I hope you are having a pleasant week. I found these while wandering the worldwide web. Thought you might enjoy them.
As usual, the laugh’s on me.
I hope you are having a pleasant week. I found these while wandering the worldwide web. Thought you might enjoy them.
As usual, the laugh’s on me.
A little background here. I am a senior citizen and I attend health talks at my local teaching hospital, Northwestern Memorial Hospital. Their program is called Healthy Transitions. Around 100 folks show up regularly for the talks. However, when the talk deals with some aspect of mental decline the place is packed. Seems lots of us seniors are worried about cognitive impairment that can lead to Alzheimer’s and dementia. That’s why I have a particular sore spot when it comes to those expensive ‘brain games’ sold by some snake oil sales companies. They prey on the fears of seniors and offer false hope.
So, I was particularly gratified to find in PSYBLOG a post knocking them down. PSYBLOG recommends what they call ‘the oldest technique of all,’ namely “Simply learning new information or using existing knowledge in new ways can help boost attentional skills.”
Professor Rachel Wu, who led study on attentional skills, said, “Adults can increase their attention skills by grouping objects into categories, and then using these categories to search for objects more efficiently.
In other words, we can build new knowledge or use existing knowledge to increase our attention. Continue reading
In the six years of writing this blog, its aim has veered from the narrow weight loss to the much broader healthy living. I think living a long healthy life is a much more valuable goal than just dropping a few pounds. Nonetheless, with more than 60 percent of us overweight and 30 percent outright obese I am aware that most people want to lose weight.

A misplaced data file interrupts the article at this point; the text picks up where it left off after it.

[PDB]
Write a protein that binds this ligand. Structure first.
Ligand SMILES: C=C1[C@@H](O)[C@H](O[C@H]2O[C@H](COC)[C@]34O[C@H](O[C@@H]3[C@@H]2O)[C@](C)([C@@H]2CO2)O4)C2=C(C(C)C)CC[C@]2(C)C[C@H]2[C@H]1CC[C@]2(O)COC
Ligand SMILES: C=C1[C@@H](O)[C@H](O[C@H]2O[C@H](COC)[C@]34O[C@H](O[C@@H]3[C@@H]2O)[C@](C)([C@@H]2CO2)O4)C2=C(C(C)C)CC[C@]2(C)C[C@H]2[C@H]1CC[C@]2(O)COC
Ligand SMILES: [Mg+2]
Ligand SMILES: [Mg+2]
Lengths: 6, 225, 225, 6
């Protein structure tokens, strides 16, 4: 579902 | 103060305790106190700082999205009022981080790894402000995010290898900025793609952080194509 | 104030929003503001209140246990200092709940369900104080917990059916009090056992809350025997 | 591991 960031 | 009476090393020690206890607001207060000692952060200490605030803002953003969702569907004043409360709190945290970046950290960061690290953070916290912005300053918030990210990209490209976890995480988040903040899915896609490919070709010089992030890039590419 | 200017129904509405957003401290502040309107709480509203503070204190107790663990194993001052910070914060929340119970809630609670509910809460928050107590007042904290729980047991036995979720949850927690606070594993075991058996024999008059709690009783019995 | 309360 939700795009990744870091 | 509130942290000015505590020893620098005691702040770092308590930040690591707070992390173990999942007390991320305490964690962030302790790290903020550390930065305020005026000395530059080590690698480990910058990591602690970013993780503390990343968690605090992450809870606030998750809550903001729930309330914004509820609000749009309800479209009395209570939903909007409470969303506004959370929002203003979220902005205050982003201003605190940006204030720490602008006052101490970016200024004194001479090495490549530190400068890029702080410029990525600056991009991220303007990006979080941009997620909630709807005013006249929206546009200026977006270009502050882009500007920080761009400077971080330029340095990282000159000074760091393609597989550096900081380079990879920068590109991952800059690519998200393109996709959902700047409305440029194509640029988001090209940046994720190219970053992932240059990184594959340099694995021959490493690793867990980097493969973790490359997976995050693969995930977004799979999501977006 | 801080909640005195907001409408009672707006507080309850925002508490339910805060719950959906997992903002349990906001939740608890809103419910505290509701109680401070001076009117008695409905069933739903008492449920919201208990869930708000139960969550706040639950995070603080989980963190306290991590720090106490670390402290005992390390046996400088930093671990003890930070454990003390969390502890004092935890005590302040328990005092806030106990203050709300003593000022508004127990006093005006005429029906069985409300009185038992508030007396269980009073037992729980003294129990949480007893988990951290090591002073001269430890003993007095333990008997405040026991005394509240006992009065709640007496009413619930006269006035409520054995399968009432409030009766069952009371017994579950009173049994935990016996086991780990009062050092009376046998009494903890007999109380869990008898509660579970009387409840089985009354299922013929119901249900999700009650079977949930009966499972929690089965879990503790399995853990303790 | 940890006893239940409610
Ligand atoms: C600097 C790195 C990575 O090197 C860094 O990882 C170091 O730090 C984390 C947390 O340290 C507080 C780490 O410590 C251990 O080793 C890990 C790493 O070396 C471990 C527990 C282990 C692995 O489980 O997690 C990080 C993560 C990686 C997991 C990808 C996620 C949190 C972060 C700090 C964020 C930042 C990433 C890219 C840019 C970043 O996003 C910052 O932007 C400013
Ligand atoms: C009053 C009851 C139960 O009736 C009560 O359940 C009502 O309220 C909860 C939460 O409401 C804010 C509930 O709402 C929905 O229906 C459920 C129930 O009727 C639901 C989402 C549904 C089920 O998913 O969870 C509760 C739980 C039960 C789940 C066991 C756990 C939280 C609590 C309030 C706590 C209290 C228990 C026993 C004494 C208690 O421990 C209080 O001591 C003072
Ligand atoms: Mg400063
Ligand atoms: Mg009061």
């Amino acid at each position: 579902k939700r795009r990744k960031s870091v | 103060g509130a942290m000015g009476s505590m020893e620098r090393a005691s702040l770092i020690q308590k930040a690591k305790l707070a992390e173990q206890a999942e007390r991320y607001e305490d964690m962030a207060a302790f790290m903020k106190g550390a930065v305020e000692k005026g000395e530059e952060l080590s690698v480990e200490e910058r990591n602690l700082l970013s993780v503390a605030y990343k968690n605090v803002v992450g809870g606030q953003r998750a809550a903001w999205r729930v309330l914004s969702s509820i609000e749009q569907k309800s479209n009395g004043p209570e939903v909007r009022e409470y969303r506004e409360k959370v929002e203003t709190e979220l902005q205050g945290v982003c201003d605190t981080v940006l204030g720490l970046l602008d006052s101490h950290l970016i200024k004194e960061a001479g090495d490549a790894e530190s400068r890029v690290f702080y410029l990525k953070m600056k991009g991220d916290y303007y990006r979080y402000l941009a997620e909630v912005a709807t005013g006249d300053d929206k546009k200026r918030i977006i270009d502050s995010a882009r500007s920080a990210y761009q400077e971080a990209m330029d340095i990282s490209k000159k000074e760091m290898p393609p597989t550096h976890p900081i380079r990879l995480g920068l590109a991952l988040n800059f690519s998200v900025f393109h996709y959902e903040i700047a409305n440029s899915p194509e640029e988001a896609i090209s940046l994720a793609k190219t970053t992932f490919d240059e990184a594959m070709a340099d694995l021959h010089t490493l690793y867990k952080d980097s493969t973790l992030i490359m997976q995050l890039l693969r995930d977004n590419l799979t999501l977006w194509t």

In view of that I thought I would share this recent research from McMaster University on losing fat while gaining muscle.
Researchers at McMaster University have uncovered significant new evidence in the quest for the elusive goal of gaining muscle and losing fat, an oft-debated problem for those trying to manage their weight, control their calories and balance their protein consumption.
Scientists have found that it is possible to achieve both, and quickly, but it isn’t easy. Continue reading
Here’s a ton of facts on calories. You can’t live without ’em. The trick is moderation ….
Regular readers know that I have suffered from severe arthritis in both of my hands. I have tried a number of remedies to ease the pain over the years. Some help to a greater or lesser extent. You can type arthritis into the search box at the right and explore a number of them.
Here is what WebMD suggests:
“If you have any type of arthritis, you should keep up with the treatments your doctor recommends. If you want to add a supplement, you might consider:
“SAM-e. This is a man-made version of a chemical that your body makes. Early research suggests it may relieve arthritis symptoms as well as some medications do. You can take it in capsule form, 600-1,200 milligrams per day, divided into three doses. SAM-e is also what is called ‘poor man’s prozac.’ You can take it to mellow out if you are stressed. However, I have some much more salubrious suggestions for handling stress in the blog. Search either s t r e s s or relaxation to read them.
“Glucosamine/chondroitin. If your osteoarthritis is moderate or severe, glucosamine and chondroitin may help with pain. But the research is mixed. So ask your doctor if it’s OK for you and, if so, what dosage you should take.
“Boswellia. Studies suggest this tree resin can reduce osteoarthritis pain. It may also help with rheumatoid arthritis. You can take boswellia as a capsule or tablet, up to 900 milligrams per day.
“Capsaicin. Capsaicin, which gives chili peppers their fiery kick, may temporarily ease arthritis pain. It comes in a skin cream, gel, or patch. Apply it three times a day, but stop using it if it irritates your skin.